The importance of isolated wetlands will be the topic of the Friends of the Black River’s June meeting program. The meeting will be held Wednesday, June 13, 2018, at 6:30 p.m. in the Jackson County Bank’s community room.
Tracy Hames, executive director of Wisconsin Wetlands Association, will present the program about the history of the state’s wetlands and the ways the wetlands benefit people as well as wildlife.
Isolated wetlands are natural habitats that seem to have no connection to other surface waters such as streams, rivers or lakes. Of the remaining 5 million acres, more than 20 percent are identified as isolated.
Hames’ presentation will discuss how isolated wetlands are determined and address the types of wetlands in Wisconsin, where they’re located, why they’re important and how concerned residents can help protect and care for these valuable resource.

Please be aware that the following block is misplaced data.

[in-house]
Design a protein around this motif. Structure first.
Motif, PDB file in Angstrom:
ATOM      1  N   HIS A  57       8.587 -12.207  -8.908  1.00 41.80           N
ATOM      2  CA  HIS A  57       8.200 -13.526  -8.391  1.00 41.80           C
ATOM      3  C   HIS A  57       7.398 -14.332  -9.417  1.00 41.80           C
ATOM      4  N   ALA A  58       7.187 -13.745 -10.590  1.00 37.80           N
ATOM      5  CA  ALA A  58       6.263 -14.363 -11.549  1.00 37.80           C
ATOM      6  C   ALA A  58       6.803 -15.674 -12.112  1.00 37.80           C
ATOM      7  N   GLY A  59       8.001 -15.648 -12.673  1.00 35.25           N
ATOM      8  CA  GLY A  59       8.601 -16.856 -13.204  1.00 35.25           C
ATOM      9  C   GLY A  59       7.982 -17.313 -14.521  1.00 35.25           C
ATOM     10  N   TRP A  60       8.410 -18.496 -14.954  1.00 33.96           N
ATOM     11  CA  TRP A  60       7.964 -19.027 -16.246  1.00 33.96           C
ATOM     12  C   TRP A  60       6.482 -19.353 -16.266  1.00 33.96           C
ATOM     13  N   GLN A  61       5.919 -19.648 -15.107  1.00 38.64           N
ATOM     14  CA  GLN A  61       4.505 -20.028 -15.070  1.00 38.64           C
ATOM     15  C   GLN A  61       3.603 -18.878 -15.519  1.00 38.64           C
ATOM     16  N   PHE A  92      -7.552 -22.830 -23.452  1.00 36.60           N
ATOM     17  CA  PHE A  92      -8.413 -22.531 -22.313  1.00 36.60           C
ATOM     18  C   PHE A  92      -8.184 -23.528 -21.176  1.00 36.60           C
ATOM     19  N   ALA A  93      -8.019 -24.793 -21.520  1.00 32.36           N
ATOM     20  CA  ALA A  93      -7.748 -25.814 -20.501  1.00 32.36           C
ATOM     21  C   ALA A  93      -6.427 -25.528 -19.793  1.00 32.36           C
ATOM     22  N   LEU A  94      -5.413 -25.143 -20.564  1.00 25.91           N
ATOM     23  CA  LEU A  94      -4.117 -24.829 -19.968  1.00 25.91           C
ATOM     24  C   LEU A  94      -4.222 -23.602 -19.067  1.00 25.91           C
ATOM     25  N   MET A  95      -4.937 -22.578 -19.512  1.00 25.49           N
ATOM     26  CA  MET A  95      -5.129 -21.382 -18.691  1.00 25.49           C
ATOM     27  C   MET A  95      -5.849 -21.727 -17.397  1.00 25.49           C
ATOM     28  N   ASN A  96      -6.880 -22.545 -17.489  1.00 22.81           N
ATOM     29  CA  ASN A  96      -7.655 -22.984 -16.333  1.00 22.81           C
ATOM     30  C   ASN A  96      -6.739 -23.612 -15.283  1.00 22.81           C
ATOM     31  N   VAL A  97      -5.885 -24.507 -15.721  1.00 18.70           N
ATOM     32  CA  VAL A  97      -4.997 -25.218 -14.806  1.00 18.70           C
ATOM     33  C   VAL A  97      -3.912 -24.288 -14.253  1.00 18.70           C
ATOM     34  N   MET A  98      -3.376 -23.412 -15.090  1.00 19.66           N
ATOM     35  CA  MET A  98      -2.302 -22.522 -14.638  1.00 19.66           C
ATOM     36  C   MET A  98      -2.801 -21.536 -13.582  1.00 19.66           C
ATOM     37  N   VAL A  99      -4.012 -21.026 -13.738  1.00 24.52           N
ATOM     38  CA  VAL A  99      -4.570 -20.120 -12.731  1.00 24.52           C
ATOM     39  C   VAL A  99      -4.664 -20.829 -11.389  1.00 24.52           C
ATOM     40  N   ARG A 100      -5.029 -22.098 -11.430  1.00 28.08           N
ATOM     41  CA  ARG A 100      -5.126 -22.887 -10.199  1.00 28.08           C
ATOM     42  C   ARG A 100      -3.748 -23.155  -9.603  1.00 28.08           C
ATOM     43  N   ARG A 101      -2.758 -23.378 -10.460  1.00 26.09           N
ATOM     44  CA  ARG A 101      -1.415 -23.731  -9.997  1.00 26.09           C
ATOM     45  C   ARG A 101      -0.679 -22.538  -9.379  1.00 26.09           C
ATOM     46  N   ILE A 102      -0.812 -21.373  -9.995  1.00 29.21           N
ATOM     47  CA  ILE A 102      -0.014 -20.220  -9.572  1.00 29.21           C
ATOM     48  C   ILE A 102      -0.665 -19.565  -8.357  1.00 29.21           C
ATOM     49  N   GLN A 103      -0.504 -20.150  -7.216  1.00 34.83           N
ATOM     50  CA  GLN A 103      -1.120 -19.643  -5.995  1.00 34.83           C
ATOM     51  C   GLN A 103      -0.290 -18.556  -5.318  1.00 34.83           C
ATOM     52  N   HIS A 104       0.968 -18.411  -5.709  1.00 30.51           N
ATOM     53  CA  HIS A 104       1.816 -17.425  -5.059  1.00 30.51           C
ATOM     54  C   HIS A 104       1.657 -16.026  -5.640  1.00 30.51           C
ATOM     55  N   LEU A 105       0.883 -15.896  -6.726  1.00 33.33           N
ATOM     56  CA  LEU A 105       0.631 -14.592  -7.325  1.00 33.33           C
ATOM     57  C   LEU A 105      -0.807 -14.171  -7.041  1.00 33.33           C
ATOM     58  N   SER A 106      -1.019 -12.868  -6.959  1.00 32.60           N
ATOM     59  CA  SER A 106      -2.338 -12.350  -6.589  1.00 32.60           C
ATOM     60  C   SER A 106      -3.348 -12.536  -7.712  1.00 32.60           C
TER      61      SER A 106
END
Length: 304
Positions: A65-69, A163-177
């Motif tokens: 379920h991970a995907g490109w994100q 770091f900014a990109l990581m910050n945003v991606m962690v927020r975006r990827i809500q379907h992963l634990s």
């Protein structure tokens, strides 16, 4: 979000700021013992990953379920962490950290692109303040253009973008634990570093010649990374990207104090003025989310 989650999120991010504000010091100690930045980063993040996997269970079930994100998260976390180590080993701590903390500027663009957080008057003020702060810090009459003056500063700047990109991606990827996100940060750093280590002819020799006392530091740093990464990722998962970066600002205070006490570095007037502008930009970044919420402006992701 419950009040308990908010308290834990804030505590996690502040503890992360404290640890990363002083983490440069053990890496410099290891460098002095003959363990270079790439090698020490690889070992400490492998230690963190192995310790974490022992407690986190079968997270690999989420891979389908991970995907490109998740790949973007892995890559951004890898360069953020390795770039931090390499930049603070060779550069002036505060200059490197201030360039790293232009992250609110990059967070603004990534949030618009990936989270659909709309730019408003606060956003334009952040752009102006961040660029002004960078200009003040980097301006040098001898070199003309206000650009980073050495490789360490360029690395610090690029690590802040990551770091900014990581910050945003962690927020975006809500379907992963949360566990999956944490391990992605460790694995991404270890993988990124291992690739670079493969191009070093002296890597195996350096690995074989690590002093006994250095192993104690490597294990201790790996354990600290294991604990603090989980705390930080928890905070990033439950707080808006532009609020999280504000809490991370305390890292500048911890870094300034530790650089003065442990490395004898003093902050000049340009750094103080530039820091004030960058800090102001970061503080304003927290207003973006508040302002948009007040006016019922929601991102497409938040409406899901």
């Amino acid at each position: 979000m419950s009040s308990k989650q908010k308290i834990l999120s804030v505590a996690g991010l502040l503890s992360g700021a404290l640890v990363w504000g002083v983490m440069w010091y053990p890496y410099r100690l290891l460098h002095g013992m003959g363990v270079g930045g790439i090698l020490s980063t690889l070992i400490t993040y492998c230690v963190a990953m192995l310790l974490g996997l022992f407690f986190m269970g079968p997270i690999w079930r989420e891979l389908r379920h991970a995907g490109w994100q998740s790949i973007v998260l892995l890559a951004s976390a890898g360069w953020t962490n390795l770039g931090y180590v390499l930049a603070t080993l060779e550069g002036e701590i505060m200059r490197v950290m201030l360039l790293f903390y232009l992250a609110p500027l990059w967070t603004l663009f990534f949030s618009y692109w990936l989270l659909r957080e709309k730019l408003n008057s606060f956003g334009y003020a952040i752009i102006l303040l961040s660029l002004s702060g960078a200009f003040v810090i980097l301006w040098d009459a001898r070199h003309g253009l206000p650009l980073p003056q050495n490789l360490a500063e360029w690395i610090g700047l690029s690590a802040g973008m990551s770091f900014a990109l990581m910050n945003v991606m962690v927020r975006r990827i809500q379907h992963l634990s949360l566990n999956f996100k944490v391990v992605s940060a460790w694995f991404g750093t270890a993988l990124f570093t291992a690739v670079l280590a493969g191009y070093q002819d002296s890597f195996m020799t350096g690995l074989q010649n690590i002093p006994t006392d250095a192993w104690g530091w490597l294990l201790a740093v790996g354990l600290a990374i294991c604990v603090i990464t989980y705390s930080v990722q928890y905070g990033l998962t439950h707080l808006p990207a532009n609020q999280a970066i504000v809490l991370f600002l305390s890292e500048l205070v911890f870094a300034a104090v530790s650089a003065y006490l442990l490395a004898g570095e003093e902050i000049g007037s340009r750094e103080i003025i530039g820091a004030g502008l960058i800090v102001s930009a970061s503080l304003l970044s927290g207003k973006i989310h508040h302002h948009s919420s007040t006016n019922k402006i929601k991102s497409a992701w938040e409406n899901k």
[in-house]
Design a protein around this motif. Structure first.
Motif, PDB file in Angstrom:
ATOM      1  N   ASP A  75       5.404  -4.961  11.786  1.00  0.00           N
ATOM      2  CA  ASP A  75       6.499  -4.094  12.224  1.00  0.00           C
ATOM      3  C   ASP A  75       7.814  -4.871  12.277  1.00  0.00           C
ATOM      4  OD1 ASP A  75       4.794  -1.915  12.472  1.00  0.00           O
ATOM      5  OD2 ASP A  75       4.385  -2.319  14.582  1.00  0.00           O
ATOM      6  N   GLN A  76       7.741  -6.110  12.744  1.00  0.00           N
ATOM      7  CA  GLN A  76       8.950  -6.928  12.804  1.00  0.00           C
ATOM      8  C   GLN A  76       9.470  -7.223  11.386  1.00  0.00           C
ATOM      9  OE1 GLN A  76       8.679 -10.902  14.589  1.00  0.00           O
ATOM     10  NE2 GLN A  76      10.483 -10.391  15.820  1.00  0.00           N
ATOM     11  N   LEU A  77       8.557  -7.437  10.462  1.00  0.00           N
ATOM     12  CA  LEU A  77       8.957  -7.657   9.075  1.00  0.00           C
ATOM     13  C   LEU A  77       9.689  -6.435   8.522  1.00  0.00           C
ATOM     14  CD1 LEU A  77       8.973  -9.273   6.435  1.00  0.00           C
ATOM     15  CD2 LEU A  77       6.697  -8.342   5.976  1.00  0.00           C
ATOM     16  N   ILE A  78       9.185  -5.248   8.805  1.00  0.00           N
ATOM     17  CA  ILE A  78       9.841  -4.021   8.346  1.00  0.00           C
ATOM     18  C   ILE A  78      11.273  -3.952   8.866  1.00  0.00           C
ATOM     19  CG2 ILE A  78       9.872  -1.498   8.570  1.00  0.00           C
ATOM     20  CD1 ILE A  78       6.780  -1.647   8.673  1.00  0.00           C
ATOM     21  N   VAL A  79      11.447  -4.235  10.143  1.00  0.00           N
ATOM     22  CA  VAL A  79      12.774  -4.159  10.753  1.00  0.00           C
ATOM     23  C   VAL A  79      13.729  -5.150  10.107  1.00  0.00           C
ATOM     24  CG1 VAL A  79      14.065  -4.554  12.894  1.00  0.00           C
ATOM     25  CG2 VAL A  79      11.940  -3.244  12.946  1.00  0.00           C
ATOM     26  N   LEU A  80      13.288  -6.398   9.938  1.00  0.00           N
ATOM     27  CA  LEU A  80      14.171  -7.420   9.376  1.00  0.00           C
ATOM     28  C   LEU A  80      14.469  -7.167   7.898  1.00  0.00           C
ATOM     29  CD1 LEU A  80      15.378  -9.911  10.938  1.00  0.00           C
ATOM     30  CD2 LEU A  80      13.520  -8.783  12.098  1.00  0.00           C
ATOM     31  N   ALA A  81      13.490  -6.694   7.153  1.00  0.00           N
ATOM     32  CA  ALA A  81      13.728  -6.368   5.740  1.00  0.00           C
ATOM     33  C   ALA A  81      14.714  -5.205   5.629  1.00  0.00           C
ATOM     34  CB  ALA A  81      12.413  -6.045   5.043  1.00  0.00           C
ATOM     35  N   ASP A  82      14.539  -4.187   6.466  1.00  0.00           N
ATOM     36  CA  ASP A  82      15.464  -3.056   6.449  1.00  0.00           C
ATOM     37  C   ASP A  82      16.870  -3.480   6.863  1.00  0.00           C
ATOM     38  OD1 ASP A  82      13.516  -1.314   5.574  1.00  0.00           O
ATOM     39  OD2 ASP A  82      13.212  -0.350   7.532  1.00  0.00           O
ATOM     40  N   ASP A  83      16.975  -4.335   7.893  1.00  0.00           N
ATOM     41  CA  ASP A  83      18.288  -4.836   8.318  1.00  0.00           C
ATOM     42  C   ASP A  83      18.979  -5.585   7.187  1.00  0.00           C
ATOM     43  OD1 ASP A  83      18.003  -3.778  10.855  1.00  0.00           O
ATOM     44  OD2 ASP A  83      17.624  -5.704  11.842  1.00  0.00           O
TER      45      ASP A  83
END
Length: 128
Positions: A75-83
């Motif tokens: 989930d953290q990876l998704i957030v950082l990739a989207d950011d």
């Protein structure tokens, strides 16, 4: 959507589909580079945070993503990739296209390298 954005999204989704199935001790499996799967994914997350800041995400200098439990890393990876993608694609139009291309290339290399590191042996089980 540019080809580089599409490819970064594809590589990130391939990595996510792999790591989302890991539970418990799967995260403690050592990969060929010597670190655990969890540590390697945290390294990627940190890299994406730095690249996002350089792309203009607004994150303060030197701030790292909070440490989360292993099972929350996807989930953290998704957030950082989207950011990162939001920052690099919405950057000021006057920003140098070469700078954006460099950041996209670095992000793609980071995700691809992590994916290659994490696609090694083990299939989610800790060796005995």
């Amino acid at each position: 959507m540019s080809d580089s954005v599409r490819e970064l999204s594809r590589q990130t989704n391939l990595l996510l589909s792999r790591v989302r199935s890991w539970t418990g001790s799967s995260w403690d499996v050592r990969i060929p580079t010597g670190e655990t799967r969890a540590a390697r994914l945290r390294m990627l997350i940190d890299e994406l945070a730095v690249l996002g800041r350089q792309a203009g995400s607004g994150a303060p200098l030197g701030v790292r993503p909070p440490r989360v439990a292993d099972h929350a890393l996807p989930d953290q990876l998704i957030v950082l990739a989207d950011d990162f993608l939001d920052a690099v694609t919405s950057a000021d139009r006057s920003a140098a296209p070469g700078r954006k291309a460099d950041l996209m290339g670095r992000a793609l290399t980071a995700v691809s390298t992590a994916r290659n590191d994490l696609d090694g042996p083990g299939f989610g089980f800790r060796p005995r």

Wetlands provide wildlife habitat, flood protection and water filtration. Hames presentation will discuss the how recent state sponsored legislation concerning wetlands will impact the environment.
Hames has a bachelor’s degree in biology and environmental studies from Macalester College and a master’s degree in natural resources from the UW– Stevens Point.
In 2012, Hames accepted the executive director position with WWA. In this position, he works throughout the state to help communities understand how wetlands can be solutions to the habitat, water quality, flooding and other issues they face.
The FBR meeting is free and the public is encouraged to attend. For more information, email email@example.com.